Let’s talk about whether you’re charging too much. I'll break it down for you:
- There are a lot of us therapists who feel guilty charging no matter what the fee. There’s some money mindset work to do around accepting money, typically early on in establishing our practice. It tends to rear its ugly head again immediately after raising our fees. Then it dies down once you’ve said it aloud a few times. These experiences are usually accompanied by impostor syndrome, which adds a fun twist to the whole process.
- Aside from people like us, there are the people who actually charge too much. What’s too much? It’s not a number. It’s a level of discomfort that inhibits your growth. These are the clinicians who said the fee aloud many times, and it’s just not sitting right inside. Impostor syndrome isn’t as much of a factor—it’s just that their gut is saying 'no.' The idea of people paying the fee doesn’t feel expensive; it feels confining.
For this post, I’m talking primarily to group 2. Those of you in group 1 will find some relevant blog posts at Abundance Practice Building. But be sure to read this one, too, because you may land here at some point, and it’s always better to recognize it early.
Let’s say you decided on a fee that felt like a stretch. For the record, when you give yourself a raise, it should always feel like a stretch.
So, you set or raised your fees, and that pit-of-your-stomach feeling just hasn’t gone away. You’ve even searched your soul and found that it wasn’t money shame or a lack of confidence causing that feeling either. Here’s what I want you to know: when you’re outside the realm of money shame and impostor syndrome, you have a clearer sense of what works for you. Your fee and the prices you charge are a deeply personal issue that is about what YOU’RE looking for in life and what works for you.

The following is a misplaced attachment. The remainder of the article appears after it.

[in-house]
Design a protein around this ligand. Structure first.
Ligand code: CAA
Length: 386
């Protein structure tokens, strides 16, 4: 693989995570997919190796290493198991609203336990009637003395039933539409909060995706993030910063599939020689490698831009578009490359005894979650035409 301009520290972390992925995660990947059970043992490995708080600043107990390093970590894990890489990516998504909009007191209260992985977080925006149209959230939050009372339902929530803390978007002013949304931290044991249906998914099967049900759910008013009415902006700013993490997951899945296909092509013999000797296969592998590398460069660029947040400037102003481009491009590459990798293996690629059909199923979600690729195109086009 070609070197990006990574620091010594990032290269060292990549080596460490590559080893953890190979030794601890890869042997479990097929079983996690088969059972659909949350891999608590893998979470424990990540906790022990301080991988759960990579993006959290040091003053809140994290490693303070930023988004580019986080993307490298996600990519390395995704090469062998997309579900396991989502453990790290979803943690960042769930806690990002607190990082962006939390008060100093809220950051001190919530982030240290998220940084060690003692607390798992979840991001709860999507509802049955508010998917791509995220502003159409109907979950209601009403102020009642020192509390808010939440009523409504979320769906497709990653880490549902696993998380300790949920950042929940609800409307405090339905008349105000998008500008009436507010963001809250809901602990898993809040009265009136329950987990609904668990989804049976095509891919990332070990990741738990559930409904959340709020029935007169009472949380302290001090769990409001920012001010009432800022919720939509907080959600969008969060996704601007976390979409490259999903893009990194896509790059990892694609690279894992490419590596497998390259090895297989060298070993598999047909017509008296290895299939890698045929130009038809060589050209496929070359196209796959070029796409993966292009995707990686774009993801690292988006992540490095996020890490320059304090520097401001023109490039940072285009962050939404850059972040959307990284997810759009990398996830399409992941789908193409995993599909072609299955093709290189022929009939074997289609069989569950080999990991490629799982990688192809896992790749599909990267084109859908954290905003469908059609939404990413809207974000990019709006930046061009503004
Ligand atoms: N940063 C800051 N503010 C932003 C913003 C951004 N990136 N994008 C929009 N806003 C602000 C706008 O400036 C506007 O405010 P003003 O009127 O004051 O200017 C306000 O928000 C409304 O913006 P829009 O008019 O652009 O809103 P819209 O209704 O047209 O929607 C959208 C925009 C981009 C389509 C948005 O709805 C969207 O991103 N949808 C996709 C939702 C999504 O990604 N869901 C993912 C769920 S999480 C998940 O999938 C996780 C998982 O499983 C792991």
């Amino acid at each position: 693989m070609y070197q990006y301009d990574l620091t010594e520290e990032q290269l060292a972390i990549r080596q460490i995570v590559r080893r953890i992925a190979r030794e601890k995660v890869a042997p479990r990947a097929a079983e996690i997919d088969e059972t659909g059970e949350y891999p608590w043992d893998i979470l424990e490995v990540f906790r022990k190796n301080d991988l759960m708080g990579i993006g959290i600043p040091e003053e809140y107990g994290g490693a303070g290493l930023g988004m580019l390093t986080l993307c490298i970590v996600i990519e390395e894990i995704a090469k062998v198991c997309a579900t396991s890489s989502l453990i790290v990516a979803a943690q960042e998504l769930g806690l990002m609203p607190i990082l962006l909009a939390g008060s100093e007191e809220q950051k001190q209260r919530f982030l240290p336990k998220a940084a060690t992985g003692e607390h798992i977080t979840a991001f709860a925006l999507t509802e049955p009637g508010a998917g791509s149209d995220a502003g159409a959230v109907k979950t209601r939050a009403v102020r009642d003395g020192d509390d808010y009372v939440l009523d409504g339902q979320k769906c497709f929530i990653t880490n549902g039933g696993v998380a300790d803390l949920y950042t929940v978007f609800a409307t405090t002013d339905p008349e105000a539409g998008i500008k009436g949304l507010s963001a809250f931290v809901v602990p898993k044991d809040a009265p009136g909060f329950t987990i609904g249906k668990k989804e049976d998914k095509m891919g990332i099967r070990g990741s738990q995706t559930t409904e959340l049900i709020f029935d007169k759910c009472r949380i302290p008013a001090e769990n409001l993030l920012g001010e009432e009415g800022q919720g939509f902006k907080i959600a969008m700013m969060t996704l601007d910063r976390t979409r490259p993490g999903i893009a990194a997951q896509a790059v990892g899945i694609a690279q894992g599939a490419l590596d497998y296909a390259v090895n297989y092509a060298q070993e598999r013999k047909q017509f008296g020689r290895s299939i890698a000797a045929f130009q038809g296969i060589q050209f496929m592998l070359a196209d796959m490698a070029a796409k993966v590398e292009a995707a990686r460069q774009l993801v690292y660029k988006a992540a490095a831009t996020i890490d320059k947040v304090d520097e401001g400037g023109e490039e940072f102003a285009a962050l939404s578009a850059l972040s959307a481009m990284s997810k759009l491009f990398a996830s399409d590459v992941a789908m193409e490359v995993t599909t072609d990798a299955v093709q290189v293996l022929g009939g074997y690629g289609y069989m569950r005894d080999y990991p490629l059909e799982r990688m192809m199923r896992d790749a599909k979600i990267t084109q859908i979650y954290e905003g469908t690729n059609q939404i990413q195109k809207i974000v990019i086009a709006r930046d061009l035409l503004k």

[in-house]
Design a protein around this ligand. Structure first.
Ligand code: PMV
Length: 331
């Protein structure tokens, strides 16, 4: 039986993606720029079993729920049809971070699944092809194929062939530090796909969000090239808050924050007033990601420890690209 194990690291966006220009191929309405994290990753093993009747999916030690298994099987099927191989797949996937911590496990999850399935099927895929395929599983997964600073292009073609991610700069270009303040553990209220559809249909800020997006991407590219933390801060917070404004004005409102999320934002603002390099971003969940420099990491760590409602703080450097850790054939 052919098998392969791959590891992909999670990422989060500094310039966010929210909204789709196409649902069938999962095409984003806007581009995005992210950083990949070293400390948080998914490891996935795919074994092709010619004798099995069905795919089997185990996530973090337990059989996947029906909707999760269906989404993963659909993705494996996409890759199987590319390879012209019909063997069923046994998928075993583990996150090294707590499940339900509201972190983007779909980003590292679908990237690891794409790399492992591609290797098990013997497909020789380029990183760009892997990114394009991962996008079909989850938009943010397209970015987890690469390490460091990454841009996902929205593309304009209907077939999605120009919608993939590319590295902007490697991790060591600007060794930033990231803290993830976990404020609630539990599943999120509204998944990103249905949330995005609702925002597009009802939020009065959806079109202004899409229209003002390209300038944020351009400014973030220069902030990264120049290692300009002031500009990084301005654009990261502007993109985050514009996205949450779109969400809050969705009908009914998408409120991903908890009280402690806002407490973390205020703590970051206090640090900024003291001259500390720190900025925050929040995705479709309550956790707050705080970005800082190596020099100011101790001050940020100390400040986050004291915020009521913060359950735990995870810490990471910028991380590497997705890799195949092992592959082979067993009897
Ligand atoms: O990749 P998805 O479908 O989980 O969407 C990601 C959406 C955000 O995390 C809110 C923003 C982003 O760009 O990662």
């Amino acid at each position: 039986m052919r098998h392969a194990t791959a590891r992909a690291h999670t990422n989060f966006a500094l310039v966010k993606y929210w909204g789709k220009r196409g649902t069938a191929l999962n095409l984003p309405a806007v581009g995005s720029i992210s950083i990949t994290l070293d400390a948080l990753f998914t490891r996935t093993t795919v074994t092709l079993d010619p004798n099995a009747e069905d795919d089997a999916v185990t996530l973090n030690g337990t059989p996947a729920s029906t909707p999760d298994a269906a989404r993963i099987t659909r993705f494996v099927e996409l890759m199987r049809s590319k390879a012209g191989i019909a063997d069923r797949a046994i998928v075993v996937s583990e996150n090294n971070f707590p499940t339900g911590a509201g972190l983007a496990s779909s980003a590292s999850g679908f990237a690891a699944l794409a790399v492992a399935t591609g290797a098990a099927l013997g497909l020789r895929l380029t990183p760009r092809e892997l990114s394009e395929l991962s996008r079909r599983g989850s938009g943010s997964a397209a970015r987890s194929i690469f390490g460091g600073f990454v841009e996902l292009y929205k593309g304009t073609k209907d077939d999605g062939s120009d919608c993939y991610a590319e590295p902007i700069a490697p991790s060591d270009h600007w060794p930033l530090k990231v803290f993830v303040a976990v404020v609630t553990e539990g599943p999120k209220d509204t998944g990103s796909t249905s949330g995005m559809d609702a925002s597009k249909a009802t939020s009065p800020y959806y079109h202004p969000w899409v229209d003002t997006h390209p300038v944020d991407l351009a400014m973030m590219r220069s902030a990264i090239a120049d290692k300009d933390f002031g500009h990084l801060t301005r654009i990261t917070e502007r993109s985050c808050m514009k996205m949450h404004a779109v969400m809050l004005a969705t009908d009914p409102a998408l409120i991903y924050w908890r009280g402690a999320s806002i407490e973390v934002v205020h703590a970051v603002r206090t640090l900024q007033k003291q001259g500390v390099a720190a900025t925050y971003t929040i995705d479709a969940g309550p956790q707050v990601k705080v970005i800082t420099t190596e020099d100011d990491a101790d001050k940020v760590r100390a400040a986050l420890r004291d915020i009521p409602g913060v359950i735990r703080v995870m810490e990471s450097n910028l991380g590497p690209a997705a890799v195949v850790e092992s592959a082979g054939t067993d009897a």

People tend to place a heightened focus on what others are charging when deciding what their fees should be, but remember, other people’s fees have nothing to do with you.
Sometimes, people get fee-shamed by other therapists, both for being “too high” and even for being “too low.” Their opinion of your fee has nothing to do with you.
When, by their estimation, it’s too high, they say you’re greedy and are not a client-centric professional. When it’s “too low,” they tell you that you don’t value yourself. They tell you to charge what you’re worth. Your fee has nothing to do with your worth. Whether you charge $5 or $500, you and what you provide is worthy.
I’ve also seen the argument that we owe it to other therapists to keep our fees high. Some say that this elevates the profession and supports those who have set a higher fee. I vehemently disagree with this. I do not think you should make choices that are misaligned with your values for our profession or for those in it.
If you’re in this space with your fee and you’ve done the requisite self-exploration, lower your fee. There’s absolutely no shame in lowering it. You’re not less worthy as a clinician with a lower fee. You’re simply honoring your own boundaries, listening to your gut, and remaining flexible. To me, that feels better than rigidly holding to a number because someone else suggested that it was a good one.* The content of this post is intended to serve as general advice and information. It is not to be taken as legal advice and may not account for all rules and regulations in every jurisdiction. For legal advice, please contact an attorney.